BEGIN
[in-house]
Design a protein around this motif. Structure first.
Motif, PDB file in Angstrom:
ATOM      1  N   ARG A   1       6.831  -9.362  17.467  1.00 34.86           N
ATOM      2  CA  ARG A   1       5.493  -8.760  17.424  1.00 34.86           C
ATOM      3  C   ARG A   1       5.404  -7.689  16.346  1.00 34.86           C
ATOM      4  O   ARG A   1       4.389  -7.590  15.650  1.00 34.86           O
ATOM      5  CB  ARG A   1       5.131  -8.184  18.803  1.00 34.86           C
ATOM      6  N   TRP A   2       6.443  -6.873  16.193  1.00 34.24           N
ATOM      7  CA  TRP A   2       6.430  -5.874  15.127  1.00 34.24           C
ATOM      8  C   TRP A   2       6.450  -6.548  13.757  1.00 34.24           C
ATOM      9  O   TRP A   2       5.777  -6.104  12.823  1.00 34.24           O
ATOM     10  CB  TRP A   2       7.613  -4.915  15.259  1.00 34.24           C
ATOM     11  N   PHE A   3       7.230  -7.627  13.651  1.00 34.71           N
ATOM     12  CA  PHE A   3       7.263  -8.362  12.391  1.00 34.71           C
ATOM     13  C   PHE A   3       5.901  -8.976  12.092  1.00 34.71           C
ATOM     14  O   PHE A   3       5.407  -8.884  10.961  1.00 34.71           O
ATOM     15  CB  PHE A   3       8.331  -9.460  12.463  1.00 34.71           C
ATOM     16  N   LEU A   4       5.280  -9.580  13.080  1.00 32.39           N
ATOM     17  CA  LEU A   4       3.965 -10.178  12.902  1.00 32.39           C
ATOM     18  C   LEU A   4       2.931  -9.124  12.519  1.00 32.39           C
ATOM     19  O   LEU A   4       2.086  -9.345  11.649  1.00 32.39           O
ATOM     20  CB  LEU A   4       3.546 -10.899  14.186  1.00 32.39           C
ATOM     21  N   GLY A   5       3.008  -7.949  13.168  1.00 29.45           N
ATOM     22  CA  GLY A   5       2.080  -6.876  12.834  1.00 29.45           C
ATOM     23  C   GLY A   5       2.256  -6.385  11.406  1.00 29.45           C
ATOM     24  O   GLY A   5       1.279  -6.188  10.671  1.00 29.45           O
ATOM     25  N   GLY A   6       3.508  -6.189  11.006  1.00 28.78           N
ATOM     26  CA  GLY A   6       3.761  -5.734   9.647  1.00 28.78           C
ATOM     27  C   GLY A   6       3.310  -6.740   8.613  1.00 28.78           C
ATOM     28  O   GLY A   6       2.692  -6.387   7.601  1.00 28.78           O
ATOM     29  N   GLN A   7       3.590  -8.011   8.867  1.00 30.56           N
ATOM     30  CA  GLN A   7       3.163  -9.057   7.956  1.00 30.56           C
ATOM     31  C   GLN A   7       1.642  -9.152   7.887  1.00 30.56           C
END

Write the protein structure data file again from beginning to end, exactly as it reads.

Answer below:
[in-house]
Design a protein around this motif. Structure first.
Motif, PDB file in Angstrom:
ATOM      1  N   ARG A   1       6.831  -9.362  17.467  1.00 34.86           N
ATOM      2  CA  ARG A   1       5.493  -8.760  17.424  1.00 34.86           C
ATOM      3  C   ARG A   1       5.404  -7.689  16.346  1.00 34.86           C
ATOM      4  O   ARG A   1       4.389  -7.590  15.650  1.00 34.86           O
ATOM      5  CB  ARG A   1       5.131  -8.184  18.803  1.00 34.86           C
ATOM      6  N   TRP A   2       6.443  -6.873  16.193  1.00 34.24           N
ATOM      7  CA  TRP A   2       6.430  -5.874  15.127  1.00 34.24           C
ATOM      8  C   TRP A   2       6.450  -6.548  13.757  1.00 34.24           C
ATOM      9  O   TRP A   2       5.777  -6.104  12.823  1.00 34.24           O
ATOM     10  CB  TRP A   2       7.613  -4.915  15.259  1.00 34.24           C
ATOM     11  N   PHE A   3       7.230  -7.627  13.651  1.00 34.71           N
ATOM     12  CA  PHE A   3       7.263  -8.362  12.391  1.00 34.71           C
ATOM     13  C   PHE A   3       5.901  -8.976  12.092  1.00 34.71           C
ATOM     14  O   PHE A   3       5.407  -8.884  10.961  1.00 34.71           O
ATOM     15  CB  PHE A   3       8.331  -9.460  12.463  1.00 34.71           C
ATOM     16  N   LEU A   4       5.280  -9.580  13.080  1.00 32.39           N
ATOM     17  CA  LEU A   4       3.965 -10.178  12.902  1.00 32.39           C
ATOM     18  C   LEU A   4       2.931  -9.124  12.519  1.00 32.39           C
ATOM     19  O   LEU A   4       2.086  -9.345  11.649  1.00 32.39           O
ATOM     20  CB  LEU A   4       3.546 -10.899  14.186  1.00 32.39           C
ATOM     21  N   GLY A   5       3.008  -7.949  13.168  1.00 29.45           N
ATOM     22  CA  GLY A   5       2.080  -6.876  12.834  1.00 29.45           C
ATOM     23  C   GLY A   5       2.256  -6.385  11.406  1.00 29.45           C
ATOM     24  O   GLY A   5       1.279  -6.188  10.671  1.00 29.45           O
ATOM     25  N   GLY A   6       3.508  -6.189  11.006  1.00 28.78           N
ATOM     26  CA  GLY A   6       3.761  -5.734   9.647  1.00 28.78           C
ATOM     27  C   GLY A   6       3.310  -6.740   8.613  1.00 28.78           C
ATOM     28  O   GLY A   6       2.692  -6.387   7.601  1.00 28.78           O
ATOM     29  N   GLN A   7       3.590  -8.011   8.867  1.00 30.56           N
ATOM     30  CA  GLN A   7       3.163  -9.057   7.956  1.00 30.56           C
ATOM     31  C   GLN A   7       1.642  -9.152   7.887  1.00 30.56           C